Thursday, April 30, 2009
This is a quality that I love about Foot Village, the willingness to be, in many ways, completely absurd. This band of 4 drummer/shouters and no other instruments is like one of those crazy weekend concept bands that might form and play one show and be forgotten because it was ridiculous to begin with. Well, that's what I would do on weekends. In fact, I feel like I've been in several bands something like Foot Village, but none of them have been carried to the point that FV have, with national and international tours and several albums, for which I wholeheartedly support them and cheer them on. At the same time, I often think "I can't believe anyone besides me likes this band!" Even the band themselves apparently have these "objective moments" because at the very end of the track "Race Till the End of Food" one of the band members says "I cannot believe this is our song."
That track, as well as a few others here, actually takes the form of a comedy sketch, with a character called "Hungee Bear" and other forest creatures having a race, till the end of food apparently. After a "ready, set, go," the bulk of the 10-minute track is a cacophony of drum flailing, with the levels way in the red and sounding like total square-wave harsh noise. Again, a willingness to be completely absurd.
This is a b-side collection (well, actually compiling non-album tracks from a variety of splits and limited releases, but I call these b-side collections), and b-side albums are almost always my favorite albums by bands. The Jesus & Mary Chain's "Barbed Wire Kisses," Royal Trux's "Singles Live Unreleased." You just get a much wider variety of music for your money. And here we get some rougher early material, some remixes, some singles, and a couple more noise-based experimental tracks. The "singles" - which I think portray Foot Village doing what they do best, are my favorites, like "Clubtraxxx I-III" and "Bones." The remixes are my least favorite because they largely just sound like an original song by the "remixer" which samples Foot Village. "Crow Call" sounds like an Anavan song with Foot Village vocals and "The Power of HEALTH" largely sounds like a remix of the band HEALTH (which I'm guessing it also is) with a few Foot Village drums and vocals. On the other hand, the Jason Forrest remix of "Narc Party" keeps most of the elements of the original in place, and the track "3840 Ticks of the Soul" with Captain Ahab seems like it's genuinely some kind of remixing of the original.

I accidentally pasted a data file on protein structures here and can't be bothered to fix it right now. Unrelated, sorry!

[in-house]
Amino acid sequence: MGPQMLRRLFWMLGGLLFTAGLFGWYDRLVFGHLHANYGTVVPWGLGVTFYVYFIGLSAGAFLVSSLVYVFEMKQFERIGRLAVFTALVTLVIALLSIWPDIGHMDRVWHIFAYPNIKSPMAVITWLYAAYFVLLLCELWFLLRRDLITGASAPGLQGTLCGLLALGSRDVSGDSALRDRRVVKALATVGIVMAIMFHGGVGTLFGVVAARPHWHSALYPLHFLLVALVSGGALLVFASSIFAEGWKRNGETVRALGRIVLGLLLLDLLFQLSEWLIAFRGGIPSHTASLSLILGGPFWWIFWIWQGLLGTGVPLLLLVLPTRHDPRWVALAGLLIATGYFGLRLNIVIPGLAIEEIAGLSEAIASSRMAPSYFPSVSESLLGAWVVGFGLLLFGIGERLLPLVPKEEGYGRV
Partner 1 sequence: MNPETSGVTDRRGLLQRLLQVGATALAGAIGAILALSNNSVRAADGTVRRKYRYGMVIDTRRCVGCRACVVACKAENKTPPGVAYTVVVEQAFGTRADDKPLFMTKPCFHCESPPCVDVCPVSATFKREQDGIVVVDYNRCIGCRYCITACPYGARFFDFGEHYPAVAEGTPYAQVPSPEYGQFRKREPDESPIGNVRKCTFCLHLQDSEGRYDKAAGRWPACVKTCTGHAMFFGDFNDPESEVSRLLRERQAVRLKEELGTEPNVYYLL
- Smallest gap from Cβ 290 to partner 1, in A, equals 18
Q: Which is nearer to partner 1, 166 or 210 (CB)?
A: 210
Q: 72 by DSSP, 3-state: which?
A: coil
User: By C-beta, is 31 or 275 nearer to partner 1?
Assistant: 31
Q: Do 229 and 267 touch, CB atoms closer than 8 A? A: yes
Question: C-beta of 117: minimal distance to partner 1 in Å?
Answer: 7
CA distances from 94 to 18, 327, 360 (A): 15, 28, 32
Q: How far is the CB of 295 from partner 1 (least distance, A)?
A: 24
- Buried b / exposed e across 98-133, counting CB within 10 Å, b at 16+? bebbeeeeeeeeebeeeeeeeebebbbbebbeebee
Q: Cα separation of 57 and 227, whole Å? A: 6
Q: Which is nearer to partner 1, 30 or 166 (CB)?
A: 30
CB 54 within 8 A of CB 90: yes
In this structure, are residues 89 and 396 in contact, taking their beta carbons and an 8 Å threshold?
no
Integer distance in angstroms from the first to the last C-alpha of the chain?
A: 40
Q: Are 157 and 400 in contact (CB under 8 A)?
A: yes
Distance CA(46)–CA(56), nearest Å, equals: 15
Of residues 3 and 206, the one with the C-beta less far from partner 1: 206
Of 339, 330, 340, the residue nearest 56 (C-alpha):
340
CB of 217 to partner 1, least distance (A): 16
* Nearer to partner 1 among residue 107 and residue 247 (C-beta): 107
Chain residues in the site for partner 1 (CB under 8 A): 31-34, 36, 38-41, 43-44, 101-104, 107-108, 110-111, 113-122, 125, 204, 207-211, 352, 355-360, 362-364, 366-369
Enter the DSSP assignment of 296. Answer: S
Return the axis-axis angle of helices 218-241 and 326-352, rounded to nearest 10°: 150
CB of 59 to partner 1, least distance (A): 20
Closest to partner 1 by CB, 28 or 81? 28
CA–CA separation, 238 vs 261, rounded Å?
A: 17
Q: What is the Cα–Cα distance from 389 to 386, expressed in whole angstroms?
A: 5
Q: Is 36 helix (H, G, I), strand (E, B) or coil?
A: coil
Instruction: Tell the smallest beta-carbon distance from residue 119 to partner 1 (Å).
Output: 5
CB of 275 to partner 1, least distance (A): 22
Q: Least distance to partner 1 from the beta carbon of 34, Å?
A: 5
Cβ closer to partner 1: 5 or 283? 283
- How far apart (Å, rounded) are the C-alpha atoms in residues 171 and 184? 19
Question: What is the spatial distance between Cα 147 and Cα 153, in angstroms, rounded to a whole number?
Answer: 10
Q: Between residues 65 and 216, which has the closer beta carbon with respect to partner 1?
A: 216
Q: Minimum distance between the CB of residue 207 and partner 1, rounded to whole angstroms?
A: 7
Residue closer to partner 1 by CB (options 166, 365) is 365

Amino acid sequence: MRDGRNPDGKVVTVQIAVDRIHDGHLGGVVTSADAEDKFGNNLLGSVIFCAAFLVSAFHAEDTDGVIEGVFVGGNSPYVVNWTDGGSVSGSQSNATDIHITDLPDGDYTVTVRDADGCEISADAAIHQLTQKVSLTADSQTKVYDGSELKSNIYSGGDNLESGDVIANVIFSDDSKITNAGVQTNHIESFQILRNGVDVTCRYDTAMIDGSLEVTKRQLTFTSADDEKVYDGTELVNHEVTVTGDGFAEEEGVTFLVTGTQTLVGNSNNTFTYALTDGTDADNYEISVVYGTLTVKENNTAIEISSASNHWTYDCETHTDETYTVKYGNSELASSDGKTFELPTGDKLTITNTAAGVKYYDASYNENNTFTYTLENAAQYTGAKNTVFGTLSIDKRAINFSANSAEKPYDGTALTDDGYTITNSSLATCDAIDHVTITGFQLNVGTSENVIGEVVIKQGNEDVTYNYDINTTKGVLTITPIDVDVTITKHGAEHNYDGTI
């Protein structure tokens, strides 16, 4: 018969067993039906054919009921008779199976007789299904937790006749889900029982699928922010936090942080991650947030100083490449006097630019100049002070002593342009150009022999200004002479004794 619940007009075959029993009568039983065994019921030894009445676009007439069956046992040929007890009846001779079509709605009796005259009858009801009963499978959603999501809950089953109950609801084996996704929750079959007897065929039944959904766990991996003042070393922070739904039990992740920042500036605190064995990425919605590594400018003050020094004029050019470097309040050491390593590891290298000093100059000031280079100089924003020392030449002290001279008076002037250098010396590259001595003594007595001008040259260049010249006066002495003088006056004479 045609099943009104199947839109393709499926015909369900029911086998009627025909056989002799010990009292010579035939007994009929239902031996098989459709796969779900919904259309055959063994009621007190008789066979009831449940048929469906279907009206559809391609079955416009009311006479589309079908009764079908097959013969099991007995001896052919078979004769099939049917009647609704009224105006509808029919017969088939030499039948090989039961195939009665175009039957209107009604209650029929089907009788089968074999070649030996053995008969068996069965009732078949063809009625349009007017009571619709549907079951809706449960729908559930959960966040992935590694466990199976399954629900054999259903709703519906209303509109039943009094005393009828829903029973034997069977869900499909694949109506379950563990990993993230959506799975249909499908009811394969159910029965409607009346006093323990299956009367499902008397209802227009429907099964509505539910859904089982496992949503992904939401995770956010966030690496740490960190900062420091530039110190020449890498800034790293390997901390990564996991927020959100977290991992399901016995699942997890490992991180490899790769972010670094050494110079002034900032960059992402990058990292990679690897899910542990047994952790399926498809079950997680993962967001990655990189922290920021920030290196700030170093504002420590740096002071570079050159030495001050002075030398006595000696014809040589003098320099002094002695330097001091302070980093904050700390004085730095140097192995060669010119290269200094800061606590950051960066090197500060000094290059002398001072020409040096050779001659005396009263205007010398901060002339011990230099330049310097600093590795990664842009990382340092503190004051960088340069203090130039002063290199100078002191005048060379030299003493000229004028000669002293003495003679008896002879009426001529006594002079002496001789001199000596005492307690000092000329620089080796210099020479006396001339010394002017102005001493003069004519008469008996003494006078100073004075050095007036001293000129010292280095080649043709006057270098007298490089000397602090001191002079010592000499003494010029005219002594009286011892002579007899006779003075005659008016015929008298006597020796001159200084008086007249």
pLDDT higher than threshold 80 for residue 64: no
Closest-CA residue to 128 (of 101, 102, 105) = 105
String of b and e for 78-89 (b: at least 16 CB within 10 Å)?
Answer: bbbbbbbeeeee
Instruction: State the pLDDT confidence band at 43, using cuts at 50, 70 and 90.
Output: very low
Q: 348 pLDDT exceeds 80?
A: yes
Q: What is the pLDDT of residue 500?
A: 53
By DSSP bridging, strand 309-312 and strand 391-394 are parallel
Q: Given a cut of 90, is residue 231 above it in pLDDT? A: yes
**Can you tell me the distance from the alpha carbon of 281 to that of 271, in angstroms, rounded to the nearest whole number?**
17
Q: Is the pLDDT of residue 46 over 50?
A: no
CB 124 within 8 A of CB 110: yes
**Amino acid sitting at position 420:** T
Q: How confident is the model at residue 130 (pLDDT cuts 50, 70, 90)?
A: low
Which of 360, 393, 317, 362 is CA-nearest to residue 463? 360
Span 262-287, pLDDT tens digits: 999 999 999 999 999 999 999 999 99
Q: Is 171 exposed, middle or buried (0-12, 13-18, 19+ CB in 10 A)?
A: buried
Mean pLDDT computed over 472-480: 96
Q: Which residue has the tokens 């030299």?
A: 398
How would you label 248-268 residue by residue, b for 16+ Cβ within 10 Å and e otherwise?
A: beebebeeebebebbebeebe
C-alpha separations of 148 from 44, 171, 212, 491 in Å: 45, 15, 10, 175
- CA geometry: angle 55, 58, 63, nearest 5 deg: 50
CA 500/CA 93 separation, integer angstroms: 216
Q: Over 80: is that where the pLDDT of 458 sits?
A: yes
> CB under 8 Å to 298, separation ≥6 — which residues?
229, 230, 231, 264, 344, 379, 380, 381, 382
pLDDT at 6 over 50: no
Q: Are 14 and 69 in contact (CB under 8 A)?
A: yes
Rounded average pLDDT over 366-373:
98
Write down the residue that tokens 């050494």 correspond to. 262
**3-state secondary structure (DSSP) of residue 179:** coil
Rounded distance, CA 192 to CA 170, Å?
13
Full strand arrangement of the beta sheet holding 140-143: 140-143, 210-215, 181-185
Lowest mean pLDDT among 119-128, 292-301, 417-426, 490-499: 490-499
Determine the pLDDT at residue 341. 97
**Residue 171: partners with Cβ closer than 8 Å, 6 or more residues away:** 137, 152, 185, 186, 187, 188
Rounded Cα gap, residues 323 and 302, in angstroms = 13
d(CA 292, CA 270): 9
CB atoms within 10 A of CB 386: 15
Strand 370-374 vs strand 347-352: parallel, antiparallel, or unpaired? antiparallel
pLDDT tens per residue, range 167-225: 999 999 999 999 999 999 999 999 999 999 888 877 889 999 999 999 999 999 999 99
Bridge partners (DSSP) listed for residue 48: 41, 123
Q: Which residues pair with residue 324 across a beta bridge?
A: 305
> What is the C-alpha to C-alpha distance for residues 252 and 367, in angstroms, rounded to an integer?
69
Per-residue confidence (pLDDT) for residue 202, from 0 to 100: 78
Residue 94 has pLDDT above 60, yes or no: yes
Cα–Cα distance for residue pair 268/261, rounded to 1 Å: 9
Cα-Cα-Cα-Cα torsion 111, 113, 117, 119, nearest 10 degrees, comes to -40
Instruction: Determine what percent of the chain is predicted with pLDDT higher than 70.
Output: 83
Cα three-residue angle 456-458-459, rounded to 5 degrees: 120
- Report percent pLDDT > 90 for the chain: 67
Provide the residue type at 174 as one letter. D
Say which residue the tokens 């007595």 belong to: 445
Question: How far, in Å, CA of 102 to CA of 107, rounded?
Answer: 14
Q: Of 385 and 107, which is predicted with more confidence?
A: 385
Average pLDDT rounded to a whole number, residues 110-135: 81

This album seems to put the tracks in chronological order, with the remixes mostly stacked at the end, and that seems like a weird way to listen to me. I prefer the songs mixed up like those previously mentioned b-side examples. But hey, that's what this shuffle function is for I guess. In fact, I shuffled the album just now and got a playlist I like so much, I think I'm going to edit the mp3 tags and make this my new official listening order! That "Narc Party" remix came first, and the "Race Till the end of food" was placed last, which works perfectly. In case you want to do the same, here's my recommended listening order:
1. Narc Party (Jason Forrest Remix)
2. Chicken and Cheese 2
4. Follow Your Heart (Featuring Eco Morti)
6. Clubtraxxx I-III
7. The Power of HEALTH (Captain Ahab Remix)
8. Comparable Love in the Time of development
9. Crow Call (Anavan Remix)
10. 3840 Ticks of the Soul (Featuring Captain Ahab)
11. Psychic Connection
12. 420 (National Holiday)
14. Race Till the End of Food
CD available from Gilgongo Records
Foot Village on Last.fm